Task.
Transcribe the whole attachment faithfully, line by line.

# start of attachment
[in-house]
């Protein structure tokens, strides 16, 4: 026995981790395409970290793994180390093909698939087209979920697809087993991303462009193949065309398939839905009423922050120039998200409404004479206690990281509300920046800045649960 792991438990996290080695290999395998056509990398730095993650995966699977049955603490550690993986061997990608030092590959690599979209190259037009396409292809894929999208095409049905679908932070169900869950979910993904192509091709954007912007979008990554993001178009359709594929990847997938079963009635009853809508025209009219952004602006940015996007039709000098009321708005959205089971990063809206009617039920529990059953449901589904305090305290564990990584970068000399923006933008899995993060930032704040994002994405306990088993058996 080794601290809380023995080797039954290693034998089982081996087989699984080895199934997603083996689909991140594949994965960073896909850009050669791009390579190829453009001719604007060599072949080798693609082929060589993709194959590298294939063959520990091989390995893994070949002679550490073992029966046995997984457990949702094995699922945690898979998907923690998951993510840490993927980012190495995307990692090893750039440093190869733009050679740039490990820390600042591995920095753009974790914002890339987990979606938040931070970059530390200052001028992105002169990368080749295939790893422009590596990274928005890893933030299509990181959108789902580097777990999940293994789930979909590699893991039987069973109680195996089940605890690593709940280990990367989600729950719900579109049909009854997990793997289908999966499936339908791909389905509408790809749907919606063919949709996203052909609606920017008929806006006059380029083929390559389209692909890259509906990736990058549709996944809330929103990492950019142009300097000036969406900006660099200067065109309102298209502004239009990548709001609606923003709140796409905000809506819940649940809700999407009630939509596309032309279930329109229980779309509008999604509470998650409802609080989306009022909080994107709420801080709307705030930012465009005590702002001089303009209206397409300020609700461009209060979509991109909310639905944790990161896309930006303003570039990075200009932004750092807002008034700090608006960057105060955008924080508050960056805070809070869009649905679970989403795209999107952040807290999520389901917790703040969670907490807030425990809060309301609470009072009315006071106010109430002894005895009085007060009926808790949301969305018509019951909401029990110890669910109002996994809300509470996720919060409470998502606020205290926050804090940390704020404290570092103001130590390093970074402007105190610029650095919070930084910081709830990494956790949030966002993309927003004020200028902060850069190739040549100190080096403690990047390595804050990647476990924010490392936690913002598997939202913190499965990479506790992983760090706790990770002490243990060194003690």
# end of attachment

[in-house]
């Protein structure tokens, strides 16, 4: 026995981790395409970290793994180390093909698939087209979920697809087993991303462009193949065309398939839905009423922050120039998200409404004479206690990281509300920046800045649960 792991438990996290080695290999395998056509990398730095993650995966699977049955603490550690993986061997990608030092590959690599979209190259037009396409292809894929999208095409049905679908932070169900869950979910993904192509091709954007912007979008990554993001178009359709594929990847997938079963009635009853809508025209009219952004602006940015996007039709000098009321708005959205089971990063809206009617039920529990059953449901589904305090305290564990990584970068000399923006933008899995993060930032704040994002994405306990088993058996 080794601290809380023995080797039954290693034998089982081996087989699984080895199934997603083996689909991140594949994965960073896909850009050669791009390579190829453009001719604007060599072949080798693609082929060589993709194959590298294939063959520990091989390995893994070949002679550490073992029966046995997984457990949702094995699922945690898979998907923690998951993510840490993927980012190495995307990692090893750039440093190869733009050679740039490990820390600042591995920095753009974790914002890339987990979606938040931070970059530390200052001028992105002169990368080749295939790893422009590596990274928005890893933030299509990181959108789902580097777990999940293994789930979909590699893991039987069973109680195996089940605890690593709940280990990367989600729950719900579109049909009854997990793997289908999966499936339908791909389905509408790809749907919606063919949709996203052909609606920017008929806006006059380029083929390559389209692909890259509906990736990058549709996944809330929103990492950019142009300097000036969406900006660099200067065109309102298209502004239009990548709001609606923003709140796409905000809506819940649940809700999407009630939509596309032309279930329109229980779309509008999604509470998650409802609080989306009022909080994107709420801080709307705030930012465009005590702002001089303009209206397409300020609700461009209060979509991109909310639905944790990161896309930006303003570039990075200009932004750092807002008034700090608006960057105060955008924080508050960056805070809070869009649905679970989403795209999107952040807290999520389901917790703040969670907490807030425990809060309301609470009072009315006071106010109430002894005895009085007060009926808790949301969305018509019951909401029990110890669910109002996994809300509470996720919060409470998502606020205290926050804090940390704020404290570092103001130590390093970074402007105190610029650095919070930084910081709830990494956790949030966002993309927003004020200028902060850069190739040549100190080096403690990047390595804050990647476990924010490392936690913002598997939202913190499965990479506790992983760090706790990770002490243990060194003690």